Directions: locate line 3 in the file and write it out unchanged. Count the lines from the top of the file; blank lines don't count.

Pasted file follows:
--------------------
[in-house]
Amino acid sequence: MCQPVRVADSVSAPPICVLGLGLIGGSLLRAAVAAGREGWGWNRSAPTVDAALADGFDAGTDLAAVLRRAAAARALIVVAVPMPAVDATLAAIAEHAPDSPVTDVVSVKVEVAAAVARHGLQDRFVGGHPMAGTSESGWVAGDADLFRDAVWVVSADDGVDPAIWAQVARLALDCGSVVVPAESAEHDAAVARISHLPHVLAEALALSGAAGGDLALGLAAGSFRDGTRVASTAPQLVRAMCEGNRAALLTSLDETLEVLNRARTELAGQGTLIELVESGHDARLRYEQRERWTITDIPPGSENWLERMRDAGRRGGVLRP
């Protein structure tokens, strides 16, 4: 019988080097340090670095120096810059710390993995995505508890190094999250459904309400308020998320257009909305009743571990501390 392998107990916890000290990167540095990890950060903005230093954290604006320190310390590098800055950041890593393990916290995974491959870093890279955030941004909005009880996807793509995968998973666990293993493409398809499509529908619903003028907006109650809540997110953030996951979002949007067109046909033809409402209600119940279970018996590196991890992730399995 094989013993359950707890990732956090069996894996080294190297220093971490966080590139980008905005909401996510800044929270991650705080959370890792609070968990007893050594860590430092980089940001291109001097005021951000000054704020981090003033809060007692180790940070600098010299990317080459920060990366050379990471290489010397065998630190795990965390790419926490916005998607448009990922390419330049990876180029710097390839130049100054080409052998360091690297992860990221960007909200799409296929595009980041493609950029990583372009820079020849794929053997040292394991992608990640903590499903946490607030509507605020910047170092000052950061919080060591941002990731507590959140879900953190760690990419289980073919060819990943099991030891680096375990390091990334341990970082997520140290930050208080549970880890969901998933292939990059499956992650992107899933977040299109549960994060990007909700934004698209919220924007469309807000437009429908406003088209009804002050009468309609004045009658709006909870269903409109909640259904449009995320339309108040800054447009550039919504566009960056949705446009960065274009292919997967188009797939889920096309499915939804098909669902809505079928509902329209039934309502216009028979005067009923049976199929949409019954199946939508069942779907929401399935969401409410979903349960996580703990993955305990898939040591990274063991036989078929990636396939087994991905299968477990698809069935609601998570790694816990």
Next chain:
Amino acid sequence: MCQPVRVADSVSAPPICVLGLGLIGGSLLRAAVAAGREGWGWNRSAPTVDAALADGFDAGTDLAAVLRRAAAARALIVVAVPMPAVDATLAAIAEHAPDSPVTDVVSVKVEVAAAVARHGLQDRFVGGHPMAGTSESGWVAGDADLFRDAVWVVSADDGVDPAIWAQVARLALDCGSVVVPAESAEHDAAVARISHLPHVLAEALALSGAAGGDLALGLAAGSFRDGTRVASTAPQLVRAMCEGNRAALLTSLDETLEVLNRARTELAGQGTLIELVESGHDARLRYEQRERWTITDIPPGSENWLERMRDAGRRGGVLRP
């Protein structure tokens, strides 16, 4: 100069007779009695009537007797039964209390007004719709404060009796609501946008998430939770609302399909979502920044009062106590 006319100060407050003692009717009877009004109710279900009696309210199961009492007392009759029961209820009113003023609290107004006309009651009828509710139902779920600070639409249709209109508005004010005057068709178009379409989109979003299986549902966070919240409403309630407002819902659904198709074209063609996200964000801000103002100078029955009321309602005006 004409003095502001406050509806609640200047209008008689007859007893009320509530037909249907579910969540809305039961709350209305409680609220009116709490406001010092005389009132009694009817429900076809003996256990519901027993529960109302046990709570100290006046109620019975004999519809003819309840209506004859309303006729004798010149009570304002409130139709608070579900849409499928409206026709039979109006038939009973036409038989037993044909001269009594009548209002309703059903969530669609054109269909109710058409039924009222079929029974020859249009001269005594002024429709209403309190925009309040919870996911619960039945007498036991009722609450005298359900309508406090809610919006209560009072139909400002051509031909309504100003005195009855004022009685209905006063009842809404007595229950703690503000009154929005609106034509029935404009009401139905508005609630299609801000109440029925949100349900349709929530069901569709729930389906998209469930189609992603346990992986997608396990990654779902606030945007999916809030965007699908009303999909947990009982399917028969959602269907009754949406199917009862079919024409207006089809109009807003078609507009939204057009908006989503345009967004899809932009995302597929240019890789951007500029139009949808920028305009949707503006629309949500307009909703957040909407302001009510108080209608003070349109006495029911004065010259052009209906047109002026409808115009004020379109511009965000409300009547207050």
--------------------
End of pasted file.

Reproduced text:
């Protein structure tokens, strides 16, 4: 019988080097340090670095120096810059710390993995995505508890190094999250459904309400308020998320257009909305009743571990501390 392998107990916890000290990167540095990890950060903005230093954290604006320190310390590098800055950041890593393990916290995974491959870093890279955030941004909005009880996807793509995968998973666990293993493409398809499509529908619903003028907006109650809540997110953030996951979002949007067109046909033809409402209600119940279970018996590196991890992730399995 094989013993359950707890990732956090069996894996080294190297220093971490966080590139980008905005909401996510800044929270991650705080959370890792609070968990007893050594860590430092980089940001291109001097005021951000000054704020981090003033809060007692180790940070600098010299990317080459920060990366050379990471290489010397065998630190795990965390790419926490916005998607448009990922390419330049990876180029710097390839130049100054080409052998360091690297992860990221960007909200799409296929595009980041493609950029990583372009820079020849794929053997040292394991992608990640903590499903946490607030509507605020910047170092000052950061919080060591941002990731507590959140879900953190760690990419289980073919060819990943099991030891680096375990390091990334341990970082997520140290930050208080549970880890969901998933292939990059499956992650992107899933977040299109549960994060990007909700934004698209919220924007469309807000437009429908406003088209009804002050009468309609004045009658709006909870269903409109909640259904449009995320339309108040800054447009550039919504566009960056949705446009960065274009292919997967188009797939889920096309499915939804098909669902809505079928509902329209039934309502216009028979005067009923049976199929949409019954199946939508069942779907929401399935969401409410979903349960996580703990993955305990898939040591990274063991036989078929990636396939087994991905299968477990698809069935609601998570790694816990």